Clif bars are a staple among athletes and fitness enthusiasts.
They’re not the healthiest bars, but depending on the type you choose, they can be the perfect pre-workout snack or post-workout snack.
According to the Clif Bar website, there are 5 types of Clif bars with different core ingredients and they all contain a decent amount of protein. Here’s a quick overview of the 5 different types:
- Traditional Energy Bars
- Fruit Smoothie Bars
- Nut Filled Bars
- Builders Bars
- and Whey Protein Bars
Among each type, you can find a wide variety of vegan-friendly bars, which you can easily order through Amazon or other popular retailers.
However, keep in mind that some Clif bars are not vegan, so we’ll have to dissect each one to figure out which bars are vegan.
In addition, we’re also going over some of the “questionable” ingredients Clif bars may have because we feel like that is important for vegans that have stricter standards.
Clif Traditional Energy Bars
The original energy bars are the most easily accessible Clif bars.
You can find them literally everywhere, as they’re essentially the most popular variation of bars sold by the Clif Bar brand. They’re packing some sugar, so make sure you eat them in scenarios where you actually need to spend energy.
Out of all the 23 Clif energy bars, there is only one bar that is not suitable for vegans, which is the Peanut Butter & Honey bar. Obviously, that bar contains honey, a non-vegan ingredient.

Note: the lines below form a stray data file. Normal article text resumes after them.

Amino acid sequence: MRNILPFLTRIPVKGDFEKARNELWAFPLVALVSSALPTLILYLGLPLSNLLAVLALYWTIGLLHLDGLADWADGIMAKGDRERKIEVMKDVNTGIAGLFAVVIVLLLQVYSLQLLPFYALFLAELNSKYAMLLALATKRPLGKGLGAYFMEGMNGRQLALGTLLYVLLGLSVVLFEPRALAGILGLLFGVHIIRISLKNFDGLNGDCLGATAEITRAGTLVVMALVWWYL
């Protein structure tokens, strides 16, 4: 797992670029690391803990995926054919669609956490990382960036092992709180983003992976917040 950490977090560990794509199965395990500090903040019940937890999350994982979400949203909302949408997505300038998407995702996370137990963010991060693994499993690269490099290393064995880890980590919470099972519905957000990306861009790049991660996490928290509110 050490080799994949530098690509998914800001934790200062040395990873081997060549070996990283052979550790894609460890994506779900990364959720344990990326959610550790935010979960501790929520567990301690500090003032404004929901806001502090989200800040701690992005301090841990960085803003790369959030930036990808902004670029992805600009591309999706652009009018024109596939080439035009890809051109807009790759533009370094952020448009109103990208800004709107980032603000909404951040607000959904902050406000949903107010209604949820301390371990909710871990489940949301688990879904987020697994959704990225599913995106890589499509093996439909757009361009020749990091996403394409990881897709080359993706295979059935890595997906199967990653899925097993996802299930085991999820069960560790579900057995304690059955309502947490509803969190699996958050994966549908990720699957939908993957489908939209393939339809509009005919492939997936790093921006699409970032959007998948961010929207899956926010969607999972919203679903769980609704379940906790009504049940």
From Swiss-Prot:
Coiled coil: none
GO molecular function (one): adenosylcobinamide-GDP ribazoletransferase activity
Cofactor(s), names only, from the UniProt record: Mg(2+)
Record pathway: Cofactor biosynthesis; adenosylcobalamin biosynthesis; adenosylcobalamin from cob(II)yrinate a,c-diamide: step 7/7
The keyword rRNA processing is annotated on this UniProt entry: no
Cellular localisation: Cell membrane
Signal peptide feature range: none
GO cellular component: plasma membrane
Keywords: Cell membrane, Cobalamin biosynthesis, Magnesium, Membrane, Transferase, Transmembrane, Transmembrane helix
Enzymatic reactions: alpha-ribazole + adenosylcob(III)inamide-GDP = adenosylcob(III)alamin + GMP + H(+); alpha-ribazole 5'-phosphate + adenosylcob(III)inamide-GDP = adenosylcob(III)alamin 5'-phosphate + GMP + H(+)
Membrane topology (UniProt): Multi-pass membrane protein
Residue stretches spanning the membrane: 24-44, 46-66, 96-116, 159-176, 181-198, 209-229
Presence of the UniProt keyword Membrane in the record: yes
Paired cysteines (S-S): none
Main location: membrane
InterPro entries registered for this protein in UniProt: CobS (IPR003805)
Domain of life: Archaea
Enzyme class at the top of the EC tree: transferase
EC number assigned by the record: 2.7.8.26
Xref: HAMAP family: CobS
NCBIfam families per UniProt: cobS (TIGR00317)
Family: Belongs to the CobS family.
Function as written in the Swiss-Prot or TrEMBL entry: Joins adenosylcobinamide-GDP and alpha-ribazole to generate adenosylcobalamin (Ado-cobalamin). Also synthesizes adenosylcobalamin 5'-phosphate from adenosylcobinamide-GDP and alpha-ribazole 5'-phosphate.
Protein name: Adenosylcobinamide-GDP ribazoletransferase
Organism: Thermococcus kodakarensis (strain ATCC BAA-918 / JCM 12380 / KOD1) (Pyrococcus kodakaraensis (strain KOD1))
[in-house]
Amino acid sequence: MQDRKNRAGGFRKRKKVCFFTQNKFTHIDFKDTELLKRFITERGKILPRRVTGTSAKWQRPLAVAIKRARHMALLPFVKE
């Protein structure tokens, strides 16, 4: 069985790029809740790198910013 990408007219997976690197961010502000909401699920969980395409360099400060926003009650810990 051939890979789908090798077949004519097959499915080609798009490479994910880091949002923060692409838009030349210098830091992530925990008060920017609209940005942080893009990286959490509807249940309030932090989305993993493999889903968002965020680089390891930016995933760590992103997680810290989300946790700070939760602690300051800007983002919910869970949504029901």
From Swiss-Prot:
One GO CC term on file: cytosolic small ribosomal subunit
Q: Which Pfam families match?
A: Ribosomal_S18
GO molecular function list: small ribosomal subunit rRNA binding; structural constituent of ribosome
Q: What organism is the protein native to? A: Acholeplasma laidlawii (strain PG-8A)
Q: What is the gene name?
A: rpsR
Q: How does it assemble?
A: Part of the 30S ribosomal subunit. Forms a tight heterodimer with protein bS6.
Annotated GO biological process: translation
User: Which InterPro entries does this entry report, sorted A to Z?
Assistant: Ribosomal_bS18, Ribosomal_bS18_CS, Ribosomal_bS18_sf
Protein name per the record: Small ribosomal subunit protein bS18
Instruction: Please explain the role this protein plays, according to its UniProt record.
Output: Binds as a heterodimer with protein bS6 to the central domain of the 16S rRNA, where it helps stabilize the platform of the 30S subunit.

Fortunately, thus far, that is the only non-vegan energy bar Clif is selling.
Clif Fruit Smoothie Bars
The fruit smoothie bars are also energy bars, but they use classic smoothie ingredients such as fruits, seeds, and nut butter.
There are three flavors available:
- Strawberry Banana
- Wild Blueberry Acai
- Tart Cherry Berry
All of the flavors are suitable for vegans, as they do not contain animal ingredients.
Clif Builder’s Protein Bars
According to the manufacturer, the Builder’s protein bar is designed to help your repair and build muscle by fueling you with 20g of protein and essential amino acids.
These type of protein bars are available in 7 different flavors:
- Chocolate Peanut Butter
- Chocolate Mint
- Vanilla Almond
- Cinnamon Nut Swirl
- Crunchy Peanut Butter
- Cookies N Cream
Since none of them contain animal ingredients, they’re all technically considered vegan.
Clif Nut Butter Bars
The Nut Butter bars are also an energy bar variation, but instead of fruits and nuts, they focus on delivering a variety of different kinds of butter.
There are 7 different flavors available:
- Chocolate Peanut Butter